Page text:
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Putting It All Together

The first battle of Manassas, or Bull Run, greatly changed the way the majority of Americans viewed the Civil War. Initially, soldiers like Sullivan Ballou wrote flowery, poetic letters, romanticizing the coming war and what it stood for. After the battle, soldiers viewed the conflict much as J.W. Reid did--as a terrifying, horrible experience, in which thousands of men were killed and wounded. By war's end in April 1865, more than 620,000 soldiers would lose their lives. The civilian population of the nation also was affected by the events at Manassas. Those who lived near the battlefields, like the Henrys, had their livelihood ruined because the battles were fought on their property. Others who lived hundreds of miles away, like the Ballous, were devastated by the loss of a cherished family member. No longer would Americans think of the Civil War as an entertaining spectacle, as had the Washingtonians who followed the troops to view this conflict.

Activity 1: Considering Life as a Soldier
Despite the opportunity to leave the army after the battle at Manassas, most of the Union troops reenlisted for a period of three years. Have students pretend to be a soldier writing a letter home explaining his reasons for reenlisting. Remind the students that the only method of communication during the Civil War was by mail.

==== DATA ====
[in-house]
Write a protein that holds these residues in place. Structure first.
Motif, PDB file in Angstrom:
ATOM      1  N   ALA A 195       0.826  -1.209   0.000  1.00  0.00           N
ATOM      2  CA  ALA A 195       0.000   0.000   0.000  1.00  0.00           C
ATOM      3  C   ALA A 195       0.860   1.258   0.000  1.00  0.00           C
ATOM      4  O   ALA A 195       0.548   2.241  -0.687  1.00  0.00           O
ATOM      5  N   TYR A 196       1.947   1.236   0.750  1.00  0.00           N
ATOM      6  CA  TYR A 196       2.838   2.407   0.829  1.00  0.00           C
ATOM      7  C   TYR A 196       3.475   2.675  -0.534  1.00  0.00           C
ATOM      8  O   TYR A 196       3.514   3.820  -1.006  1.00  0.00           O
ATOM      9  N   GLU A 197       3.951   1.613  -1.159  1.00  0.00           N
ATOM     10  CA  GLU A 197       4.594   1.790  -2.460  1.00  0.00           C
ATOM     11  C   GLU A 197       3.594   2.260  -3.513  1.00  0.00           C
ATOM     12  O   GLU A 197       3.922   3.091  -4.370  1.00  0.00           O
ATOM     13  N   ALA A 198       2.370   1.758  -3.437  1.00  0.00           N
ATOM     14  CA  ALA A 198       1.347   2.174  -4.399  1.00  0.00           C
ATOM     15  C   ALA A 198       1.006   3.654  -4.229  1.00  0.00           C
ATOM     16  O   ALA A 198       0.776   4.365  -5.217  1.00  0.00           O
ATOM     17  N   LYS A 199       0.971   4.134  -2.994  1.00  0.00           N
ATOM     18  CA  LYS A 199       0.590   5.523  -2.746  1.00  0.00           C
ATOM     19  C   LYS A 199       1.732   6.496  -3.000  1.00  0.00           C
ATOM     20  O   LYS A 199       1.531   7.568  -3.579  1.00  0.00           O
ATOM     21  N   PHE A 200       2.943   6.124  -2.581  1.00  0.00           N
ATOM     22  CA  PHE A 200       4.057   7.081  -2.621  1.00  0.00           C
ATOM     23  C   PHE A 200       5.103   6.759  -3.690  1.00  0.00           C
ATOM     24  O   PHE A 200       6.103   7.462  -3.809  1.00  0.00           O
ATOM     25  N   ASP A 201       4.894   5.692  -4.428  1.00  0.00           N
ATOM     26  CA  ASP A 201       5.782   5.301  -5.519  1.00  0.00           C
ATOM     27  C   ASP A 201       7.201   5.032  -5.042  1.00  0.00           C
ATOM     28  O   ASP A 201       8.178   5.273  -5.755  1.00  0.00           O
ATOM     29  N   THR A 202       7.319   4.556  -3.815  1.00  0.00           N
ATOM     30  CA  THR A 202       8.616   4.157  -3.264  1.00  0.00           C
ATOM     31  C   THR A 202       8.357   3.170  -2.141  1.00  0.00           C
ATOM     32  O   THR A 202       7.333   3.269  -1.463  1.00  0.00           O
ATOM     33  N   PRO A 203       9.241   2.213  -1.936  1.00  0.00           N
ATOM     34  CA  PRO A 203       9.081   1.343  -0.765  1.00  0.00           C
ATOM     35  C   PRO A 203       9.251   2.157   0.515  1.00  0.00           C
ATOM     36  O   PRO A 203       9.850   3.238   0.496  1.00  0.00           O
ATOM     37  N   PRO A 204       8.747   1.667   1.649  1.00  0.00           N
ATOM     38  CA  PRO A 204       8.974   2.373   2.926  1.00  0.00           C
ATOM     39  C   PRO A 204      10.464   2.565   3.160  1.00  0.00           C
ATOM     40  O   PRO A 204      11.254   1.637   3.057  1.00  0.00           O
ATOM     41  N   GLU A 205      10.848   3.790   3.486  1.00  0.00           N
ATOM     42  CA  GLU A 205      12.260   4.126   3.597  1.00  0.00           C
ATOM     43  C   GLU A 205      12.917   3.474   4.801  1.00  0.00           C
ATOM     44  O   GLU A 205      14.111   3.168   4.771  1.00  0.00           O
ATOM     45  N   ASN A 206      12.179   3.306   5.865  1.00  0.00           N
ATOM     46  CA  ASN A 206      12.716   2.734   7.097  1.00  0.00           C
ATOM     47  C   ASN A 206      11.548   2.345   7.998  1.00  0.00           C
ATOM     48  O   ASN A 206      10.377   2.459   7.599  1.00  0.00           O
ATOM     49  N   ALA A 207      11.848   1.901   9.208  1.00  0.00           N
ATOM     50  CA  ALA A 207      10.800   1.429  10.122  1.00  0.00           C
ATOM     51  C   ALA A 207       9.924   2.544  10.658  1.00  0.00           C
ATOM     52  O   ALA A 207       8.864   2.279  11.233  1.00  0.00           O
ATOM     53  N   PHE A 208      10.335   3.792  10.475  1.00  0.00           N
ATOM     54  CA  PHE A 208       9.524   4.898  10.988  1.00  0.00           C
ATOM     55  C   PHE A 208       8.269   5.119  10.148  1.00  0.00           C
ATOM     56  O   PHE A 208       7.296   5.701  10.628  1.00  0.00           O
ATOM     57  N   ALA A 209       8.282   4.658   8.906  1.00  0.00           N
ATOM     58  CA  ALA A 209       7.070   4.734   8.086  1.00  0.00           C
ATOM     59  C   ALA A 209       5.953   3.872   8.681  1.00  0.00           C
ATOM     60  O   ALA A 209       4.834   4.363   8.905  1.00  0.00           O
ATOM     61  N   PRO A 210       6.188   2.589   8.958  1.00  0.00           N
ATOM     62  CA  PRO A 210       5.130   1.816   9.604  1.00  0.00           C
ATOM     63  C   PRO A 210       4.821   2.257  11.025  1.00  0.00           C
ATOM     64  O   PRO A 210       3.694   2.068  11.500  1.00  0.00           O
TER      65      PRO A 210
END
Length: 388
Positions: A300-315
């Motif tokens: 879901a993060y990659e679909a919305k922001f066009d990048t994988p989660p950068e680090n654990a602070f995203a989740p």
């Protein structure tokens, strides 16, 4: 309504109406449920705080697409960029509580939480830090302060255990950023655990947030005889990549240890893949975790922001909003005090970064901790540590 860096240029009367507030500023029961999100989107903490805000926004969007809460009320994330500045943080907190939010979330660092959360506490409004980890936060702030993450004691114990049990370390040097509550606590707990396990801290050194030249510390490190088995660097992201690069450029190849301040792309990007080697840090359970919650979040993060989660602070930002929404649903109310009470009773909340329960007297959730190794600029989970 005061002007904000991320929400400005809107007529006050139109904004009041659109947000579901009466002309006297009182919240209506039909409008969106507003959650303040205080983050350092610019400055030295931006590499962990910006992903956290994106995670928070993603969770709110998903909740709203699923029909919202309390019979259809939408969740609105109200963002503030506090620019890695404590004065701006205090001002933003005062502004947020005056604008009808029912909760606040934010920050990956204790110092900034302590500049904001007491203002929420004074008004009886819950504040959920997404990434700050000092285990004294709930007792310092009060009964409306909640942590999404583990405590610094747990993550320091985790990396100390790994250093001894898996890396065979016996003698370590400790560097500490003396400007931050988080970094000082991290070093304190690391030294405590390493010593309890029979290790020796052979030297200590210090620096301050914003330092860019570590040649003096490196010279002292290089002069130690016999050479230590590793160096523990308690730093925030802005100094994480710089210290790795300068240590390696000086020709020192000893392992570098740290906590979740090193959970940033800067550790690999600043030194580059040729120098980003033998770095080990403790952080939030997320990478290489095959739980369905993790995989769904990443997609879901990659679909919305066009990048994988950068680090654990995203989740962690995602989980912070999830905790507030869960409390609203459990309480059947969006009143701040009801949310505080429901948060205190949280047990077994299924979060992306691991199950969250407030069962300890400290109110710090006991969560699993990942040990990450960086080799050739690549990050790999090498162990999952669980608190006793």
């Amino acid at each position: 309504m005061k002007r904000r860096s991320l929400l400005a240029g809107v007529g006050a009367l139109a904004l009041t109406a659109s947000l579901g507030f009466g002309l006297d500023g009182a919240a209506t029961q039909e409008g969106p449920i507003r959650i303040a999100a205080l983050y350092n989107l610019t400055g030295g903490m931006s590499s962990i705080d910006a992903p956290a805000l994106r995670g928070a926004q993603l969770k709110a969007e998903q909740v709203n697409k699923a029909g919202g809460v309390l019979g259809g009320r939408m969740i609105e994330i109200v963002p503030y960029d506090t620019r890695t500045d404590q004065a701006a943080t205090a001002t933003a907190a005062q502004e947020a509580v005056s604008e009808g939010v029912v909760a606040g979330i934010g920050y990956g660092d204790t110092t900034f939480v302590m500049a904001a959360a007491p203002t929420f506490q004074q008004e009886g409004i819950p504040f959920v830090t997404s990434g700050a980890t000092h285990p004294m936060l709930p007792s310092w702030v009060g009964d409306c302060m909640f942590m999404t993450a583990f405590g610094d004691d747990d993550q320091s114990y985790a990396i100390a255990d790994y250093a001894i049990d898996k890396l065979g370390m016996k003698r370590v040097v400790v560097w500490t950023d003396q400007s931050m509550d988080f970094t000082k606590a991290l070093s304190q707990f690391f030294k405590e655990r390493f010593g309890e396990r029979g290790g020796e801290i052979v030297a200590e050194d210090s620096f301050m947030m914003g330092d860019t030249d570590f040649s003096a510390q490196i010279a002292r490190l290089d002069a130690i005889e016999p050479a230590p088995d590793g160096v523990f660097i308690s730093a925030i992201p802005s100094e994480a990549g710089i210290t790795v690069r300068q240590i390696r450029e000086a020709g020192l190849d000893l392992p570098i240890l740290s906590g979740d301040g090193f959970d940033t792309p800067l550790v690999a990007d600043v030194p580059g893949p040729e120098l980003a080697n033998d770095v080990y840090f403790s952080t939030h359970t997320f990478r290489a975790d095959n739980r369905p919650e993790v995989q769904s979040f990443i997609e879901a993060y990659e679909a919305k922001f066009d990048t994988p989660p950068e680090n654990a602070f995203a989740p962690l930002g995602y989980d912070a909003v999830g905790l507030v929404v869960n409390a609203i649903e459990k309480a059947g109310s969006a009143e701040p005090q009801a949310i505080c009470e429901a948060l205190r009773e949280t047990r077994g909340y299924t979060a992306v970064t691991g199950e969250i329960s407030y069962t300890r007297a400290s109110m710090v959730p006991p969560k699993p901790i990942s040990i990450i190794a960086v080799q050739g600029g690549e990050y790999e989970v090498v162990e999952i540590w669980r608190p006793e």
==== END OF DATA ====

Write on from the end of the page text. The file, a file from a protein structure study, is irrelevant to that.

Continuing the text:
Activity 2: Manassas National Battlefield Park
As is the case with many battlefields such as Manassas, few reminders exist today that provide interpretation for visitors. Ask students to debate this statement, "The United States should continue to maintain historic sites that commemorate important battle sites even though little substantial remains exist."

Activity 3: Local and Personal Impact of the Civil War
The Civil War affected nearly every part of the United States during the four years of conflict and in the years afterward. It continues to affect American life today. Have students investigate their own home town or county to determine how it affected or was affected by the war. Ask them to write an essay describing their findings. What did they learn? What did they already know?

For example, if they live in a state that participated in the war, the region probably saw local men enlist and might have supported a regiment. Battles and skirmishes took place across the United States, even as far west as Arizona and New Mexico. Many modern military bases bear the names of Civil War figures. Students also could look for evidence of the indirect impact of issues that led up to the war. For instance, was their state one of those admitted to the Union as slave or free as part of "compromise legislation?" Were Civil War veterans prominent in exploring or developing their area? Were or are there conflicts created or intensified by continuing resentments?

 

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